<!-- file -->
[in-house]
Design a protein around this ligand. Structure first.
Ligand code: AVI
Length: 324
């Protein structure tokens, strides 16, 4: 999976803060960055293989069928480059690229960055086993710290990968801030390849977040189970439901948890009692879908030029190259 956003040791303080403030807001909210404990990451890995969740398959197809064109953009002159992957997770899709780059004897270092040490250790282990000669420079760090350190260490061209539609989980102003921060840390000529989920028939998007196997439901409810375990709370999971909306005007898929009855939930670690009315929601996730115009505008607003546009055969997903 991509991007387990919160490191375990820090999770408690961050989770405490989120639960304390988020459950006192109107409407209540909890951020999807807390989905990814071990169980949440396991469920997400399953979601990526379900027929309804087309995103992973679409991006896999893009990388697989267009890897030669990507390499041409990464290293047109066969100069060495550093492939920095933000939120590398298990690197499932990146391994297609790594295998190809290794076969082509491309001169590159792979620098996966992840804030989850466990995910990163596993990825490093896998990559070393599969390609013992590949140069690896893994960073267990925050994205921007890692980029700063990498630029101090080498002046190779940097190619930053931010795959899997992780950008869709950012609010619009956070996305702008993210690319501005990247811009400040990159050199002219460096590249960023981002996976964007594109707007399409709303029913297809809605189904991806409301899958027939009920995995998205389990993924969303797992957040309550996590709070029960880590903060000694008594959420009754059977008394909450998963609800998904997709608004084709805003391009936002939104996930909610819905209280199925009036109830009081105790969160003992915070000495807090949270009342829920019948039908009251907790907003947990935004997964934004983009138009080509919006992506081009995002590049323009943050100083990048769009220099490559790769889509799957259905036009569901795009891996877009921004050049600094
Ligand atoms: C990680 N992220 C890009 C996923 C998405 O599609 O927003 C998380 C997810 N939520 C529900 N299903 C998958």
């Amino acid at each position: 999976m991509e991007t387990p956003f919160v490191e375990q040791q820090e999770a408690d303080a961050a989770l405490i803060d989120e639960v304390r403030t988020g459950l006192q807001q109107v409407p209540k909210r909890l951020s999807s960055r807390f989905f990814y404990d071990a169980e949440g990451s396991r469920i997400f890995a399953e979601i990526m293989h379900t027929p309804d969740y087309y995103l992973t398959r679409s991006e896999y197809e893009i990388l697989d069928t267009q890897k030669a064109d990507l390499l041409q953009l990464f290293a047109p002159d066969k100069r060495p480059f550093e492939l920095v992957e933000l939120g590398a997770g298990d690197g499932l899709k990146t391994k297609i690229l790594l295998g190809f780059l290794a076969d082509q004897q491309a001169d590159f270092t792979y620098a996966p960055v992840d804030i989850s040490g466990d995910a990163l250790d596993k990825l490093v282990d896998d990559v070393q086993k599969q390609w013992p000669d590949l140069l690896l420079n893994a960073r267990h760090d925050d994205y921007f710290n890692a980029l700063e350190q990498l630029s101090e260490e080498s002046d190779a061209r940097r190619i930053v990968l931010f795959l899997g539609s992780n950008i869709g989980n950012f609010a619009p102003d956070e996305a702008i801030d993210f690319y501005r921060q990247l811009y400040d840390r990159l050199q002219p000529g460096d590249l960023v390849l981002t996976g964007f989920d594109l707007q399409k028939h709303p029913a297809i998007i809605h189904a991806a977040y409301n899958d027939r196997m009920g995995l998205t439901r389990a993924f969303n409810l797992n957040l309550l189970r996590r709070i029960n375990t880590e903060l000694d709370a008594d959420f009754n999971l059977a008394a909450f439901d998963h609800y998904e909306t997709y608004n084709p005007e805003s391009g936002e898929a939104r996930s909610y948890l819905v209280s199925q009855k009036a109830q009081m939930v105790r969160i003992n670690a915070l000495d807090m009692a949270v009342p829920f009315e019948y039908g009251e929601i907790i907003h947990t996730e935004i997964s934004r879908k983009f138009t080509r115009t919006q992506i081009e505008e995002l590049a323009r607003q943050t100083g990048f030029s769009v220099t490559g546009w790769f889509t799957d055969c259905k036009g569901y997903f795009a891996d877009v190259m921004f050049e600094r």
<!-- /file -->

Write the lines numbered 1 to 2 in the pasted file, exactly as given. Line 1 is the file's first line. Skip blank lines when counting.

[in-house]
Design a protein around this ligand. Structure first.